I can’t tell you how many times I looked at the more “popular” girls in high school and felt envy or worse: self-disgust. I wanted to look more like them, be more like them, and have what they had. And yet, I now know there were other people who looked at me and probably thought the same things I was thinking. I just didn’t realize it at the time. Why would I? All my energy was being spent thinking about everything that I wasn’t, not thinking about anything that I was. Add the value-system created by comparative thinking, and it’s a recipe for disaster: poor self-esteem and a roller coaster of emotions. It was difficult and challenging, and I think many of us may have experienced it that way.

Seeing the “grass as always greener” can wreak havoc on your mind. So, “it was the best of times and the worst of times.” Drama played a large role in my life, and why not? When you spend the better part of every day looking around you and judging others, and looking in the mirror and judging yourself – drama is a natural result. So – what happened next? I survived. In retrospect, it wasn’t that bad, even though at the time it was quite challenging. I have some of the best friends in the world – still today – and most all from high school. From there I went on to college, where I started (for the first time) to believe in myself, despite what I saw all around me. This time, however, it was based on others’ perception of me – namely, my boyfriends. I saw through their eyes what and who I was, not my own. Everything was still judgment based, but it was better. Next week, we’ll continue the story. For now, however:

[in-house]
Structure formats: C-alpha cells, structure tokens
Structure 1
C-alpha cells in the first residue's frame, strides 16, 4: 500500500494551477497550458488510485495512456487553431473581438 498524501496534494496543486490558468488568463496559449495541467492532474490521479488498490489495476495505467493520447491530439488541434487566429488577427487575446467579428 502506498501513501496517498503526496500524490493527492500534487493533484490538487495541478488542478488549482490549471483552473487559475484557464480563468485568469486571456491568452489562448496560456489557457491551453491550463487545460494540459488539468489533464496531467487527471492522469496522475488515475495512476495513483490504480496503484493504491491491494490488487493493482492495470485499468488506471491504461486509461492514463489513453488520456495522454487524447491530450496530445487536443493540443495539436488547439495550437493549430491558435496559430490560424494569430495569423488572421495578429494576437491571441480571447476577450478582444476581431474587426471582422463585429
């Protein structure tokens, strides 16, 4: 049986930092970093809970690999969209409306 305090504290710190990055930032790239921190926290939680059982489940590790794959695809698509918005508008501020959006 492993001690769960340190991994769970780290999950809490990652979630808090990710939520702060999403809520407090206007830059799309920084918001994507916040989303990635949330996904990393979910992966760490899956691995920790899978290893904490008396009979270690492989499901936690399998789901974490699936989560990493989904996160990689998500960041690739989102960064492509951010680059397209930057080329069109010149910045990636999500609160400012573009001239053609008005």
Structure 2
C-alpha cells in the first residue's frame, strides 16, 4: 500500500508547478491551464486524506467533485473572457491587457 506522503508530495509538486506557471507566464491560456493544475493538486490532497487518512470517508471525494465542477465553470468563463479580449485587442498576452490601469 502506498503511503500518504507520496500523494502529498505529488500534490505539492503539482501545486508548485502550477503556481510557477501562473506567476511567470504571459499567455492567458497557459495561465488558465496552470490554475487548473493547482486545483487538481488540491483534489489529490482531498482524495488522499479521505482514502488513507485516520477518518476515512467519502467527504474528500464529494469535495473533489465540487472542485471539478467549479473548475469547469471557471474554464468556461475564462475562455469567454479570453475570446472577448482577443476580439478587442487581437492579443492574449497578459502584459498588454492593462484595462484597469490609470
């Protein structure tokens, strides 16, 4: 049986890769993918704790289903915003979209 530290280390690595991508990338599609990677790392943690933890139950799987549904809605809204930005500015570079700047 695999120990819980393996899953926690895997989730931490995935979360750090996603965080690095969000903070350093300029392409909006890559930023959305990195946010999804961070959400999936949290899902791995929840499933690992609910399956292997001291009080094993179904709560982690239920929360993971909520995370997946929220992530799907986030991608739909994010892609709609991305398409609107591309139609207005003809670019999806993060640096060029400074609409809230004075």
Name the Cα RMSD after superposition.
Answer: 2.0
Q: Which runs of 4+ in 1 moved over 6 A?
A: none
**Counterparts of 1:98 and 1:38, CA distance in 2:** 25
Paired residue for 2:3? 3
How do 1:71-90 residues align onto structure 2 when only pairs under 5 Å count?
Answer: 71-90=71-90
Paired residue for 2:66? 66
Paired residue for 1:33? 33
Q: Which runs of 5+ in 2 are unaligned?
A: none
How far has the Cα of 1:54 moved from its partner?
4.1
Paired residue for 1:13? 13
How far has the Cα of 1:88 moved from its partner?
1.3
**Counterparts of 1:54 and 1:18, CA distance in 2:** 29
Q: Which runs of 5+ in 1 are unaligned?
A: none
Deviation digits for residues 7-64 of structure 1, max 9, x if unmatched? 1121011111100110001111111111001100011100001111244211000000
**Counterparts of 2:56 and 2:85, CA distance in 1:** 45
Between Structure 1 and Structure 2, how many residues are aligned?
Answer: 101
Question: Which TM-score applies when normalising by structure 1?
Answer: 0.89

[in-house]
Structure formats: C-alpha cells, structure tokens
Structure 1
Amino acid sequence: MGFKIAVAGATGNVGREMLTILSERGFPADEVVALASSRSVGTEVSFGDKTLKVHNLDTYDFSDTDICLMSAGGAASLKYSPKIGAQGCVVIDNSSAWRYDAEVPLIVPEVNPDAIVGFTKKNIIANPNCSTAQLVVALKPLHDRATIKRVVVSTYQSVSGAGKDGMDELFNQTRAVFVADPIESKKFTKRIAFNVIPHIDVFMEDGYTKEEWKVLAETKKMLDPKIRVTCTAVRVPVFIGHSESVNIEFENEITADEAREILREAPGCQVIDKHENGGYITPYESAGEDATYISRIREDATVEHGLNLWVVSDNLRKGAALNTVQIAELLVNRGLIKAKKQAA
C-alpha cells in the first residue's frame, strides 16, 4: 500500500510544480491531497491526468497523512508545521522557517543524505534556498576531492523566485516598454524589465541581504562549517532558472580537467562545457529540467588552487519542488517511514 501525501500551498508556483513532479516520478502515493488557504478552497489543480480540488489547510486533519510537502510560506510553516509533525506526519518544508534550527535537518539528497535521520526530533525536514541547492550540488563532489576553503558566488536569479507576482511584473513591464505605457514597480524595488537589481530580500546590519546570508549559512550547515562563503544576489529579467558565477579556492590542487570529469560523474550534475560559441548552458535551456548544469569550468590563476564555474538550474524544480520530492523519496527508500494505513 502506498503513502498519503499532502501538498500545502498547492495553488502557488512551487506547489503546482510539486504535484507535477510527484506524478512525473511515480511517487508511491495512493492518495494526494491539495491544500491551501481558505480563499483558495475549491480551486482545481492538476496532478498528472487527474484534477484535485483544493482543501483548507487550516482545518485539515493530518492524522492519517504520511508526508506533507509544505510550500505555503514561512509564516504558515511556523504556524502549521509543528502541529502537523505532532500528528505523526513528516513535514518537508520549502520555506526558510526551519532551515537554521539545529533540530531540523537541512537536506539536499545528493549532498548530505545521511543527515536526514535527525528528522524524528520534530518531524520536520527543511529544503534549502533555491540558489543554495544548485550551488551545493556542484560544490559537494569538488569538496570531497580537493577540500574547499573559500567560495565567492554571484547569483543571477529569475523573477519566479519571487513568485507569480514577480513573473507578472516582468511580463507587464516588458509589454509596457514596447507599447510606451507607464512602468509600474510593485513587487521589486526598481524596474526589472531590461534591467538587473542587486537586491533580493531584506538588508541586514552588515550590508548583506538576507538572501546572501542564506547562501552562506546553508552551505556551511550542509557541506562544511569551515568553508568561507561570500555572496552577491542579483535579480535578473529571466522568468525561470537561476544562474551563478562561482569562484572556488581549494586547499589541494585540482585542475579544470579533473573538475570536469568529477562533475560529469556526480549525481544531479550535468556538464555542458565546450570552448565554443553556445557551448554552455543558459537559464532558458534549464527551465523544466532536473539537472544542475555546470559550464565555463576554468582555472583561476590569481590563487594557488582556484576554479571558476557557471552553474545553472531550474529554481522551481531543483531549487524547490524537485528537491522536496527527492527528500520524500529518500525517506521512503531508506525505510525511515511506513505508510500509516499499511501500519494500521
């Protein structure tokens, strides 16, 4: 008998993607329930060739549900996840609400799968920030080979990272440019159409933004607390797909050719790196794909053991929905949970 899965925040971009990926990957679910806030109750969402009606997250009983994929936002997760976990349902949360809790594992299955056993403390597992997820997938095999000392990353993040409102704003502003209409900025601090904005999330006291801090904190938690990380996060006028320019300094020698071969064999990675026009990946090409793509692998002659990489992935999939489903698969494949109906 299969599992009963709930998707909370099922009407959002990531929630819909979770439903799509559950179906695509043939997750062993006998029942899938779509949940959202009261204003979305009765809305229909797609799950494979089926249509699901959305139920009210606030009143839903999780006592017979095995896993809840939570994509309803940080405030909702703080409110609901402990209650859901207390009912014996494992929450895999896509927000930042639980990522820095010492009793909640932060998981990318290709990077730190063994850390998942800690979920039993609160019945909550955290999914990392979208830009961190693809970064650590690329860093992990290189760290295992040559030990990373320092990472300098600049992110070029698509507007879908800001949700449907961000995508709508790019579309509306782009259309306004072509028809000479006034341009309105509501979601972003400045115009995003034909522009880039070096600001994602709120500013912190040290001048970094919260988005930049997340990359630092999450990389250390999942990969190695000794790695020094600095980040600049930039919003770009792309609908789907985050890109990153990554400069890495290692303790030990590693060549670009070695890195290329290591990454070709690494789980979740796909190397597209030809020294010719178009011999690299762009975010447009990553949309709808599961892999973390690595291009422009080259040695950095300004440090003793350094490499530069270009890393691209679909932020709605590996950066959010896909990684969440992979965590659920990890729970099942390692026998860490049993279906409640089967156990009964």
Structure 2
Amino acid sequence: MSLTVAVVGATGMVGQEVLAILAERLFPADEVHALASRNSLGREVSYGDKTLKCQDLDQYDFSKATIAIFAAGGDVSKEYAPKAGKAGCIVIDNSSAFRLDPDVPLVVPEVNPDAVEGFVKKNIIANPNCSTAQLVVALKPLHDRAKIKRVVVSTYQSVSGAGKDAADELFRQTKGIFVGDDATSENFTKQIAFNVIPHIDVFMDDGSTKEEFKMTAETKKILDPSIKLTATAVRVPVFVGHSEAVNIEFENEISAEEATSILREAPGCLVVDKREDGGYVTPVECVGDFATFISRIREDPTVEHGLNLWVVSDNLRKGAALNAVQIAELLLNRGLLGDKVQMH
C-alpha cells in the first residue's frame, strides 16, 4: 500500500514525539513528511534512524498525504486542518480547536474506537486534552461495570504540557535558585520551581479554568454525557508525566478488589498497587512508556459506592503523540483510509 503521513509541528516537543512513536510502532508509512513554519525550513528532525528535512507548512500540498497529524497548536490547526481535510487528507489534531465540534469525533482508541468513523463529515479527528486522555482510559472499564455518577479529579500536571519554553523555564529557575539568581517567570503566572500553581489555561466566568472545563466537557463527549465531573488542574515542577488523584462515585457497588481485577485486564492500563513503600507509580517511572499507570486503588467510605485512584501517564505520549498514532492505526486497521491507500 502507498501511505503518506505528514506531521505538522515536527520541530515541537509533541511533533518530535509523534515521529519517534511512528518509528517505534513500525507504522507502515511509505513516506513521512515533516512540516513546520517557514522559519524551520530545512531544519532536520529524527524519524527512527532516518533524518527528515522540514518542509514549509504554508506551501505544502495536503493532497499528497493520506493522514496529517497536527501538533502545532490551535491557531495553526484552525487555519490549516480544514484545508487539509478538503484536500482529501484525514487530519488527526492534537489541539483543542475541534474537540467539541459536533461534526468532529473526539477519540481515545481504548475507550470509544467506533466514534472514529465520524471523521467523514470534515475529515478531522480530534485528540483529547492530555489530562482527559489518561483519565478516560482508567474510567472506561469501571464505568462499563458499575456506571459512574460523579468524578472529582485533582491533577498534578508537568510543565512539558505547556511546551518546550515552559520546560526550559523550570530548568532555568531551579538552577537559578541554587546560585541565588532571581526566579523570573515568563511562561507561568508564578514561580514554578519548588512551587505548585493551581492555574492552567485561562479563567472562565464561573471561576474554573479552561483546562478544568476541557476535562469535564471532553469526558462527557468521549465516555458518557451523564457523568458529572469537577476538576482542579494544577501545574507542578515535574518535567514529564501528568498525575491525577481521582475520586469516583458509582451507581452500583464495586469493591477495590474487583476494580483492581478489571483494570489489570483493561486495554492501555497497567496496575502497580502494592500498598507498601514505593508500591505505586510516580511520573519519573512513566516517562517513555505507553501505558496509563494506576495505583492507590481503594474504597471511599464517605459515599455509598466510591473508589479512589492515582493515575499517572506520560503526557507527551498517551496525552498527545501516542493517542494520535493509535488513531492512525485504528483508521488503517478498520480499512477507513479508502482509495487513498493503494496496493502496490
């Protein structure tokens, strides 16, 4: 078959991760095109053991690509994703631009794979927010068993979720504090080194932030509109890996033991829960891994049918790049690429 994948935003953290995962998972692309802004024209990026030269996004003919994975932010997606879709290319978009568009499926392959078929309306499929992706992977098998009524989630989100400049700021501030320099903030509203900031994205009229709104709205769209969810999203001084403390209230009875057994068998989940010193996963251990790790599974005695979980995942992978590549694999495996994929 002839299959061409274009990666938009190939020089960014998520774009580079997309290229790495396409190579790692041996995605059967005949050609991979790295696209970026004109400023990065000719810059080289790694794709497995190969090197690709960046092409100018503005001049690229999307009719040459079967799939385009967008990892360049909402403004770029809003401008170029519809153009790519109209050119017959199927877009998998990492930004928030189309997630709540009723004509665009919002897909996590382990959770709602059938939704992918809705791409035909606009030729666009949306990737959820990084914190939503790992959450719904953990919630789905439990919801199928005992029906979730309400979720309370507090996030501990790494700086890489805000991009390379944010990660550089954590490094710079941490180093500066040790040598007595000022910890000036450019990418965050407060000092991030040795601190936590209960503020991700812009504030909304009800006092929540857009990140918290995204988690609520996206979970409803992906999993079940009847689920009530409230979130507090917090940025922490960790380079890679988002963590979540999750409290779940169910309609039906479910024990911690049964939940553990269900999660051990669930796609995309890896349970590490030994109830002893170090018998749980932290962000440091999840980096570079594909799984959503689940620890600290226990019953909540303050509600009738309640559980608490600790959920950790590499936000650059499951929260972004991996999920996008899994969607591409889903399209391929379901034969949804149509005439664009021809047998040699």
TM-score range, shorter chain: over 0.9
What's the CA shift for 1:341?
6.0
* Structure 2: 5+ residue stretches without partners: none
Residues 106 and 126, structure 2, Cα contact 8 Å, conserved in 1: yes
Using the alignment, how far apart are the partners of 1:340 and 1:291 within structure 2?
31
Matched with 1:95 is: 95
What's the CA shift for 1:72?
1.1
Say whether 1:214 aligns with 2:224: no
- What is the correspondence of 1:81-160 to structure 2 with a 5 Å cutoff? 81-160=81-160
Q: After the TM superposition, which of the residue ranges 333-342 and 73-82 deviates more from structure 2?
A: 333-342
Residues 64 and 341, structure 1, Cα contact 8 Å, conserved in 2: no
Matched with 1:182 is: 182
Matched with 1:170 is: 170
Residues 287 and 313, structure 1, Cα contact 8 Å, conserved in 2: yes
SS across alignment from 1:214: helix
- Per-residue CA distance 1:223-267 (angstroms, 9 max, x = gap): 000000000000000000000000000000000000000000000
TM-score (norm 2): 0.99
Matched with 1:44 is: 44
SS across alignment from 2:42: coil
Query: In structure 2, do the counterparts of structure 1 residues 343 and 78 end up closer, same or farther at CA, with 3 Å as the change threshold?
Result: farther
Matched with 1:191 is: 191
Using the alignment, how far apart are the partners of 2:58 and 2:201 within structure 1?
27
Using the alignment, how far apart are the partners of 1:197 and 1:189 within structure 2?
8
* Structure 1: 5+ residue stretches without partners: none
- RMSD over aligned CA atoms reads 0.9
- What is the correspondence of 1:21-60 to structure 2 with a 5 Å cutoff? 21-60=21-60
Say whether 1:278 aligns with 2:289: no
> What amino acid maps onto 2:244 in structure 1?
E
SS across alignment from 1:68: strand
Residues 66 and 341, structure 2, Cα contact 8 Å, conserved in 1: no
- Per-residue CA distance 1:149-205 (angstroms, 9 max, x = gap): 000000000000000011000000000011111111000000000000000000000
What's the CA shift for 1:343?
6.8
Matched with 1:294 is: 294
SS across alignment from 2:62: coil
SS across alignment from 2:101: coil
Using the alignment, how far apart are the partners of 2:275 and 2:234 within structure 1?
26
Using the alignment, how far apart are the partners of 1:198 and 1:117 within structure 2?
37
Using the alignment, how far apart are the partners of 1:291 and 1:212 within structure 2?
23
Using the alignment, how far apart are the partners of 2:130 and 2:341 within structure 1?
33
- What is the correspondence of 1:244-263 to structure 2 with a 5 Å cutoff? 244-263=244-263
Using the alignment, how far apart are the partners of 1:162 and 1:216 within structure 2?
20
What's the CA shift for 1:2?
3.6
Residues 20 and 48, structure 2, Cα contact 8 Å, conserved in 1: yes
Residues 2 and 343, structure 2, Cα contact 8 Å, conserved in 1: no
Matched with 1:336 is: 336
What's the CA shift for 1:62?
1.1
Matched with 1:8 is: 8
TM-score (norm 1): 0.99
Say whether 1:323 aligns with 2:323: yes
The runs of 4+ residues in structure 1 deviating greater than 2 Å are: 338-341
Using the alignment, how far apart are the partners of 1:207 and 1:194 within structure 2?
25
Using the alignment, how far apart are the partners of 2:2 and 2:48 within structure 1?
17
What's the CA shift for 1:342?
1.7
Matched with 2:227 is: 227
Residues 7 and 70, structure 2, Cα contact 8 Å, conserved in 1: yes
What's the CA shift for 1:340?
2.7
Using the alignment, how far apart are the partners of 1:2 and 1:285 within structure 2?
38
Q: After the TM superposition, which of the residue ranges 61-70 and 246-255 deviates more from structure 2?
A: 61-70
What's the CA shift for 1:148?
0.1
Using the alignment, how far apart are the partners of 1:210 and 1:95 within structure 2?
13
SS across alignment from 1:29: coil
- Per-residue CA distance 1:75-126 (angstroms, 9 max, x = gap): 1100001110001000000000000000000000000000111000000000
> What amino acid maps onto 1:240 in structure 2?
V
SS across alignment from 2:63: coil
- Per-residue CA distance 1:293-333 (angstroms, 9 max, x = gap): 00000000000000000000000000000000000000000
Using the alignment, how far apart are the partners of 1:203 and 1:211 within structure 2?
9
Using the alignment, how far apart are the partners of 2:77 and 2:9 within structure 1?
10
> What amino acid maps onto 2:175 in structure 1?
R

THree THings

Body – What do your outsides really look like? Stop looking at magazines of airbrushed models and actresses wearing $5,000 outfits – just look at yourself. Yes, we live in a society that values appearance, but what do YOU value? Health? Wellness? The ability to have free will and make your own decisions about what you wear? Eat? Do?